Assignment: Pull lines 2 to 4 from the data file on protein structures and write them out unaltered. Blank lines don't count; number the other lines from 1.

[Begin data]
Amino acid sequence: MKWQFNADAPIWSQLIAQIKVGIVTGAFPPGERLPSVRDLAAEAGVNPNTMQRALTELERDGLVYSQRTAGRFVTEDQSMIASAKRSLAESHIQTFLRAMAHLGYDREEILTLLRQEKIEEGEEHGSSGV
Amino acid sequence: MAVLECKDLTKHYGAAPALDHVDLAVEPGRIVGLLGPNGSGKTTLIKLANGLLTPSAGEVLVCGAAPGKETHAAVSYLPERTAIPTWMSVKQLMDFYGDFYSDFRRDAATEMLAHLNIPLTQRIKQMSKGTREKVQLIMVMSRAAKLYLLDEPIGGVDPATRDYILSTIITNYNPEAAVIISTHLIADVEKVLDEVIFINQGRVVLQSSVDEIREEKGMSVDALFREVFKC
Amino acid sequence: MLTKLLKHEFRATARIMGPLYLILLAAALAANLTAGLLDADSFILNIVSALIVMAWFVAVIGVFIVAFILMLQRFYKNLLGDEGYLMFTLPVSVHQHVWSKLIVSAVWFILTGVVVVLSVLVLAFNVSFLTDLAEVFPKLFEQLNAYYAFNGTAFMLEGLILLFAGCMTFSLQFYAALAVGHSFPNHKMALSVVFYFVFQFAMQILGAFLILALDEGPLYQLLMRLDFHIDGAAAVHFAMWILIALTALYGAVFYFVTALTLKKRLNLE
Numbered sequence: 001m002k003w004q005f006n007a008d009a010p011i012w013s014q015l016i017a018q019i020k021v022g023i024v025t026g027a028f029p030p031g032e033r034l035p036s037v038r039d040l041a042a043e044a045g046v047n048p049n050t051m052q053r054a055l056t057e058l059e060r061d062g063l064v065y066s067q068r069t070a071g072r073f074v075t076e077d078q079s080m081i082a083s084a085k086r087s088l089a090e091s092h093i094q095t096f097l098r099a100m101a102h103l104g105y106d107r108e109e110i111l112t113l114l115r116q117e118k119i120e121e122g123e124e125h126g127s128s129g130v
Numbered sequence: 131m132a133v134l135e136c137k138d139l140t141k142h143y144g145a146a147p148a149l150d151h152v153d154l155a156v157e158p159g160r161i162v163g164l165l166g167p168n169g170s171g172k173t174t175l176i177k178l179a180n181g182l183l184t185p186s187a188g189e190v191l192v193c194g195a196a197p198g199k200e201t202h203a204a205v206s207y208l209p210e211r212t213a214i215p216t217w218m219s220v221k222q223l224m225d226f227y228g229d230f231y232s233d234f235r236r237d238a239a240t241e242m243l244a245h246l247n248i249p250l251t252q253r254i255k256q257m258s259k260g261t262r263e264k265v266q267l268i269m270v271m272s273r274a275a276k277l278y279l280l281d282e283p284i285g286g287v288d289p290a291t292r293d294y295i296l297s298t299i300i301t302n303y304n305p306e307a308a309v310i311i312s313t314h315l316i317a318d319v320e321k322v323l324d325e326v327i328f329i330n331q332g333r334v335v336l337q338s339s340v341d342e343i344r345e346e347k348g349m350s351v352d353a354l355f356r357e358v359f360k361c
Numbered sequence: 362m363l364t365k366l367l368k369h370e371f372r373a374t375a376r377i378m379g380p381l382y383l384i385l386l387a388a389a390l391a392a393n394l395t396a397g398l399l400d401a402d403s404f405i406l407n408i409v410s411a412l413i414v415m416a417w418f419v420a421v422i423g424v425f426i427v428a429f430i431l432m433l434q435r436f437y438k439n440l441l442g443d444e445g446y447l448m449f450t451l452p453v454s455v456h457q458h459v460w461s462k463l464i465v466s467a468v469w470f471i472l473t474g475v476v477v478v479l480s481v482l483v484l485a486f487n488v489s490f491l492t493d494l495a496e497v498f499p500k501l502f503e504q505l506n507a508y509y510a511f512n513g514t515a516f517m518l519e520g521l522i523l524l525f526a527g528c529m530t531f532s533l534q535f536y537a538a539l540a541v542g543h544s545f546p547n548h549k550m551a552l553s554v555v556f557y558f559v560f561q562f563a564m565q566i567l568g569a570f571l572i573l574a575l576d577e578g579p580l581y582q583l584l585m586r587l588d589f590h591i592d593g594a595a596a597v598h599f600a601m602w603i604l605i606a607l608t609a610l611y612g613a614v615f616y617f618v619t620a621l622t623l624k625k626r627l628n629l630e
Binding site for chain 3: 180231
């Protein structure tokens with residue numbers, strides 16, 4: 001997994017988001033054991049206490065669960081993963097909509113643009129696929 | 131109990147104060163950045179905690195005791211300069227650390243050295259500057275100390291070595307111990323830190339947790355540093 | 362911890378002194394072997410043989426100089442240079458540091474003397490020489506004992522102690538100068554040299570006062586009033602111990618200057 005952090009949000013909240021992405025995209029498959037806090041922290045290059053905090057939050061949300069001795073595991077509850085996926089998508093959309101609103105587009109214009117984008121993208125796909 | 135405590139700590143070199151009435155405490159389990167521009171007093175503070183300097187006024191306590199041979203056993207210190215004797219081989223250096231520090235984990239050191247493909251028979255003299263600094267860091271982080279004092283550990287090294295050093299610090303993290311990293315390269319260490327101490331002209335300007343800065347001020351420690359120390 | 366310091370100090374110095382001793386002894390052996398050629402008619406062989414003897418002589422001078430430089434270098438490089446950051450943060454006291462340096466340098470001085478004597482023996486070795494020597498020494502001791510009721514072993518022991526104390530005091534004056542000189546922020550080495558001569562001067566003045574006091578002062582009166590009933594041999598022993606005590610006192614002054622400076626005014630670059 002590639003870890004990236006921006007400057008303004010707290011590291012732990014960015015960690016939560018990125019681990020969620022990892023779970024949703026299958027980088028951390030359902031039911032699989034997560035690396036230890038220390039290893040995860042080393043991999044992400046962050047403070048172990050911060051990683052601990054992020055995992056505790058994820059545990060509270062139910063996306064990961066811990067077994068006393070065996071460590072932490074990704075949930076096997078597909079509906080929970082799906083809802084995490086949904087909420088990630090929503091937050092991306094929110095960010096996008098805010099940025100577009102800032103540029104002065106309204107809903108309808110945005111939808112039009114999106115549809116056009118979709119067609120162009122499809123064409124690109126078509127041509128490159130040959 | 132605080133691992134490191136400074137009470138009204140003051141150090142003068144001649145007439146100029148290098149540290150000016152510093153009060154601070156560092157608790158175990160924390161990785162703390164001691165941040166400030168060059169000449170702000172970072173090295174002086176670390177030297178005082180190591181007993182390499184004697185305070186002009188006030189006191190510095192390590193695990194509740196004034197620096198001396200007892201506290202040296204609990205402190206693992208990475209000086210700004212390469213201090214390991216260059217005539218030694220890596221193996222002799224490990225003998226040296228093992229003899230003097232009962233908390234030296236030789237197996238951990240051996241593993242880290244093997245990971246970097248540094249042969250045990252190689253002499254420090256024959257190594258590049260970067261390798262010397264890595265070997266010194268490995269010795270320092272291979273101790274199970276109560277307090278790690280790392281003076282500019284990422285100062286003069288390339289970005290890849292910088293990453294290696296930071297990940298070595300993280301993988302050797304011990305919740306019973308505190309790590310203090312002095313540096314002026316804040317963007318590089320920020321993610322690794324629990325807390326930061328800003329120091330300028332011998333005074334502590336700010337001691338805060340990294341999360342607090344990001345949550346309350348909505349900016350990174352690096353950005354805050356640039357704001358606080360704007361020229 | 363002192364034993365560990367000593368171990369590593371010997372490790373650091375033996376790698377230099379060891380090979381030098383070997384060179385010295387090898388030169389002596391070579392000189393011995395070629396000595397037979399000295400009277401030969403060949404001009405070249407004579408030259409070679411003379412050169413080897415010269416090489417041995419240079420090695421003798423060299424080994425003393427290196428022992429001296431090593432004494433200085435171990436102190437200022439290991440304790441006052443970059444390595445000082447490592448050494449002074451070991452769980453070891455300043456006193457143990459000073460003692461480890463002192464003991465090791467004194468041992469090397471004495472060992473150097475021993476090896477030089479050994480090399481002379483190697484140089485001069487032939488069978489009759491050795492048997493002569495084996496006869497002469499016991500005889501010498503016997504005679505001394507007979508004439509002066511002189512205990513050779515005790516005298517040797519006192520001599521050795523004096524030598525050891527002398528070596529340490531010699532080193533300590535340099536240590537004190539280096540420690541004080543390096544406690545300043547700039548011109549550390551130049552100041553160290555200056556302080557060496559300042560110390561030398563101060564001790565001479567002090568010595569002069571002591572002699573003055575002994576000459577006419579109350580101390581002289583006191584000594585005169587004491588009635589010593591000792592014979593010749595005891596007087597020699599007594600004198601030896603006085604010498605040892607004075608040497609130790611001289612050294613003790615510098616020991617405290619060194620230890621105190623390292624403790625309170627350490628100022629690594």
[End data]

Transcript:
Amino acid sequence: MAVLECKDLTKHYGAAPALDHVDLAVEPGRIVGLLGPNGSGKTTLIKLANGLLTPSAGEVLVCGAAPGKETHAAVSYLPERTAIPTWMSVKQLMDFYGDFYSDFRRDAATEMLAHLNIPLTQRIKQMSKGTREKVQLIMVMSRAAKLYLLDEPIGGVDPATRDYILSTIITNYNPEAAVIISTHLIADVEKVLDEVIFINQGRVVLQSSVDEIREEKGMSVDALFREVFKC
Amino acid sequence: MLTKLLKHEFRATARIMGPLYLILLAAALAANLTAGLLDADSFILNIVSALIVMAWFVAVIGVFIVAFILMLQRFYKNLLGDEGYLMFTLPVSVHQHVWSKLIVSAVWFILTGVVVVLSVLVLAFNVSFLTDLAEVFPKLFEQLNAYYAFNGTAFMLEGLILLFAGCMTFSLQFYAALAVGHSFPNHKMALSVVFYFVFQFAMQILGAFLILALDEGPLYQLLMRLDFHIDGAAAVHFAMWILIALTALYGAVFYFVTALTLKKRLNLE
Numbered sequence: 001m002k003w004q005f006n007a008d009a010p011i012w013s014q015l016i017a018q019i020k021v022g023i024v025t026g027a028f029p030p031g032e033r034l035p036s037v038r039d040l041a042a043e044a045g046v047n048p049n050t051m052q053r054a055l056t057e058l059e060r061d062g063l064v065y066s067q068r069t070a071g072r073f074v075t076e077d078q079s080m081i082a083s084a085k086r087s088l089a090e091s092h093i094q095t096f097l098r099a100m101a102h103l104g105y106d107r108e109e110i111l112t113l114l115r116q117e118k119i120e121e122g123e124e125h126g127s128s129g130v